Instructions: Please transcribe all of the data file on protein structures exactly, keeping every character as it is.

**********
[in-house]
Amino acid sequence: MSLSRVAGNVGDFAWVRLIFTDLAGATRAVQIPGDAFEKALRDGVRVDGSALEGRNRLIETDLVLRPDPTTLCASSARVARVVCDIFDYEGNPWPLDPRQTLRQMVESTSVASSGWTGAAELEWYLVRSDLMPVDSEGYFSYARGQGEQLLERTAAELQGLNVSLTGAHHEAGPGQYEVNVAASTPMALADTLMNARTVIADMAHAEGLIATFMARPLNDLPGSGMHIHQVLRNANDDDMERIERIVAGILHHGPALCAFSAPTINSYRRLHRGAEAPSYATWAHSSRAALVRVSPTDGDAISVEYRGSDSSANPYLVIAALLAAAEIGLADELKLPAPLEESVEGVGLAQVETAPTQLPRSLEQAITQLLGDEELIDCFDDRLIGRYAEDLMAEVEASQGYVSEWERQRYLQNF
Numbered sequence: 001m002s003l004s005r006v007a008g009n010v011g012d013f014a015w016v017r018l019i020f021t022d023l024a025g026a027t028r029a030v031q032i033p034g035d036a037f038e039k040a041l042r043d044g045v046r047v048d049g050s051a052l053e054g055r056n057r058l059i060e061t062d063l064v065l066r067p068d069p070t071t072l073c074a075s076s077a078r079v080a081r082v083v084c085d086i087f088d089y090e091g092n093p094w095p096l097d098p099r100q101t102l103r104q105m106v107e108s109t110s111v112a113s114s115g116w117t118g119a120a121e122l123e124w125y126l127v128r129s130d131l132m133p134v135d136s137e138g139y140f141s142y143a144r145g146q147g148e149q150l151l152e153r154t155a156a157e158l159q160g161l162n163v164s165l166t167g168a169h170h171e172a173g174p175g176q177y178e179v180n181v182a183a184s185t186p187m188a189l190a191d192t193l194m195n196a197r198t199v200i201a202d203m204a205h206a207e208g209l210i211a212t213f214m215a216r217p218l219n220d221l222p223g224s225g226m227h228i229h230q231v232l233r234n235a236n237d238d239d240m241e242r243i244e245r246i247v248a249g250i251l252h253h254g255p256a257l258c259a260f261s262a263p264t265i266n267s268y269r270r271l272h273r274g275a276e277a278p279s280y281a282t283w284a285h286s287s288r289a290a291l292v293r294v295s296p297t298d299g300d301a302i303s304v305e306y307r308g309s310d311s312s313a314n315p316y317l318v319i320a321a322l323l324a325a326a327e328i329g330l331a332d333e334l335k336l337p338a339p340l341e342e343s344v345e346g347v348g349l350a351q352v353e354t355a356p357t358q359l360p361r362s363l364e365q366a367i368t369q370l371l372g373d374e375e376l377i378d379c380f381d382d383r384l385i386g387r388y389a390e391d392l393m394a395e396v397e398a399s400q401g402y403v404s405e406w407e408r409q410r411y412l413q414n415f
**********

[in-house]
Amino acid sequence: MSLSRVAGNVGDFAWVRLIFTDLAGATRAVQIPGDAFEKALRDGVRVDGSALEGRNRLIETDLVLRPDPTTLCASSARVARVVCDIFDYEGNPWPLDPRQTLRQMVESTSVASSGWTGAAELEWYLVRSDLMPVDSEGYFSYARGQGEQLLERTAAELQGLNVSLTGAHHEAGPGQYEVNVAASTPMALADTLMNARTVIADMAHAEGLIATFMARPLNDLPGSGMHIHQVLRNANDDDMERIERIVAGILHHGPALCAFSAPTINSYRRLHRGAEAPSYATWAHSSRAALVRVSPTDGDAISVEYRGSDSSANPYLVIAALLAAAEIGLADELKLPAPLEESVEGVGLAQVETAPTQLPRSLEQAITQLLGDEELIDCFDDRLIGRYAEDLMAEVEASQGYVSEWERQRYLQNF
Numbered sequence: 001m002s003l004s005r006v007a008g009n010v011g012d013f014a015w016v017r018l019i020f021t022d023l024a025g026a027t028r029a030v031q032i033p034g035d036a037f038e039k040a041l042r043d044g045v046r047v048d049g050s051a052l053e054g055r056n057r058l059i060e061t062d063l064v065l066r067p068d069p070t071t072l073c074a075s076s077a078r079v080a081r082v083v084c085d086i087f088d089y090e091g092n093p094w095p096l097d098p099r100q101t102l103r104q105m106v107e108s109t110s111v112a113s114s115g116w117t118g119a120a121e122l123e124w125y126l127v128r129s130d131l132m133p134v135d136s137e138g139y140f141s142y143a144r145g146q147g148e149q150l151l152e153r154t155a156a157e158l159q160g161l162n163v164s165l166t167g168a169h170h171e172a173g174p175g176q177y178e179v180n181v182a183a184s185t186p187m188a189l190a191d192t193l194m195n196a197r198t199v200i201a202d203m204a205h206a207e208g209l210i211a212t213f214m215a216r217p218l219n220d221l222p223g224s225g226m227h228i229h230q231v232l233r234n235a236n237d238d239d240m241e242r243i244e245r246i247v248a249g250i251l252h253h254g255p256a257l258c259a260f261s262a263p264t265i266n267s268y269r270r271l272h273r274g275a276e277a278p279s280y281a282t283w284a285h286s287s288r289a290a291l292v293r294v295s296p297t298d299g300d301a302i303s304v305e306y307r308g309s310d311s312s313a314n315p316y317l318v319i320a321a322l323l324a325a326a327e328i329g330l331a332d333e334l335k336l337p338a339p340l341e342e343s344v345e346g347v348g349l350a351q352v353e354t355a356p357t358q359l360p361r362s363l364e365q366a367i368t369q370l371l372g373d374e375e376l377i378d379c380f381d382d383r384l385i386g387r388y389a390e391d392l393m394a395e396v397e398a399s400q401g402y403v404s405e406w407e408r409q410r411y412l413q414n415f